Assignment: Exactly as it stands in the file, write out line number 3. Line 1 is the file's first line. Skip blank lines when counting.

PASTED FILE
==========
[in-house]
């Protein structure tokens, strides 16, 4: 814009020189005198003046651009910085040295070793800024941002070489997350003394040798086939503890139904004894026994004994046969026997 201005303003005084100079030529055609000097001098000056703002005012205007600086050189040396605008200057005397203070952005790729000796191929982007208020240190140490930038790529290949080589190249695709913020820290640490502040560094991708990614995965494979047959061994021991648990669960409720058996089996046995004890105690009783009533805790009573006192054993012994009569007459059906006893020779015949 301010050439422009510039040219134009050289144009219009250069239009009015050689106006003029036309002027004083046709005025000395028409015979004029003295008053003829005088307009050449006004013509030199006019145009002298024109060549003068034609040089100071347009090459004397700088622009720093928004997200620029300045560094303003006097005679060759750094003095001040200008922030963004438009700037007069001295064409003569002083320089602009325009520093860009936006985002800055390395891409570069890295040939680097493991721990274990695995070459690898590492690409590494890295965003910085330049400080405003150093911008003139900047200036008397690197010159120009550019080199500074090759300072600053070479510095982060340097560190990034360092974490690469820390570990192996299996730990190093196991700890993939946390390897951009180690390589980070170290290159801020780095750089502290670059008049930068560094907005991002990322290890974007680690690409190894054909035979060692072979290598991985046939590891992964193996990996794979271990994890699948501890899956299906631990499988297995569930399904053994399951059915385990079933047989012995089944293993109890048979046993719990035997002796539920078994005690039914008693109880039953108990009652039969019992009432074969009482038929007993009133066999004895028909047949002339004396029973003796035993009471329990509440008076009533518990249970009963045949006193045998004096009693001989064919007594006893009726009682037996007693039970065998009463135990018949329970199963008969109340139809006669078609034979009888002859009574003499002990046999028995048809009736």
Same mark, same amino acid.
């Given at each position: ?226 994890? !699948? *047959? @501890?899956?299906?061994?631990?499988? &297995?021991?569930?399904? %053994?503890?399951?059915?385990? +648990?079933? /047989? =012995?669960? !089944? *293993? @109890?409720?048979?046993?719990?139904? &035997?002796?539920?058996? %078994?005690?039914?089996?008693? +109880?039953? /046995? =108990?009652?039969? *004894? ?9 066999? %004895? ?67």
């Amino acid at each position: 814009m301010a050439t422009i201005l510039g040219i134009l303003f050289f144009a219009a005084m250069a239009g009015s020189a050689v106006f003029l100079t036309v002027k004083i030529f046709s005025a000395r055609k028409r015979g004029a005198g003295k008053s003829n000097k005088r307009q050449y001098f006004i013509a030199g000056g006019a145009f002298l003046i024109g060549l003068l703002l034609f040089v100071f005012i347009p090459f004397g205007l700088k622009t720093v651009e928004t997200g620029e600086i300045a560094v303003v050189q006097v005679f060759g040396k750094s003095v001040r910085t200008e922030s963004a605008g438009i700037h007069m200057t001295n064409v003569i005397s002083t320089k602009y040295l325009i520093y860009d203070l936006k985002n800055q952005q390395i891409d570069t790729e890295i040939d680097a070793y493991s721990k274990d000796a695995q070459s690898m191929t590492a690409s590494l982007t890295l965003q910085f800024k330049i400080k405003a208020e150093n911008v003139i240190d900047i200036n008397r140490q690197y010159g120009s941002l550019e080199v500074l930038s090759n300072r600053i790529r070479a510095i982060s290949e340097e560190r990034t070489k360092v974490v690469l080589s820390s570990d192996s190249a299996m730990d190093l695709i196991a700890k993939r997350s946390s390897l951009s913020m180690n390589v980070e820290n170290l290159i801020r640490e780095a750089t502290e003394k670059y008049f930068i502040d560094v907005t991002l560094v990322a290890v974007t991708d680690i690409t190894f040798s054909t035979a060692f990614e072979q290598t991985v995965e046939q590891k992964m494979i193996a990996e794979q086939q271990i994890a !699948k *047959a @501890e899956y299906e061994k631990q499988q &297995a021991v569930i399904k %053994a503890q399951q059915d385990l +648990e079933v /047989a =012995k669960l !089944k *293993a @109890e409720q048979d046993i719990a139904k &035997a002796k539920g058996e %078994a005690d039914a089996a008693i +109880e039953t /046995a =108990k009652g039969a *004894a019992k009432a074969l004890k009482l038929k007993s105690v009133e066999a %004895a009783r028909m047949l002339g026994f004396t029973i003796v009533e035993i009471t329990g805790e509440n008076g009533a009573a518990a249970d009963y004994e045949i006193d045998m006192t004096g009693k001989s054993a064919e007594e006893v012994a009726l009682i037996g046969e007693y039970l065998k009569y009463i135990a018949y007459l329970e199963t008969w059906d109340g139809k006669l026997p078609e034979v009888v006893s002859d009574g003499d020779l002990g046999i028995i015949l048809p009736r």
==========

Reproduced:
Same mark, same amino acid.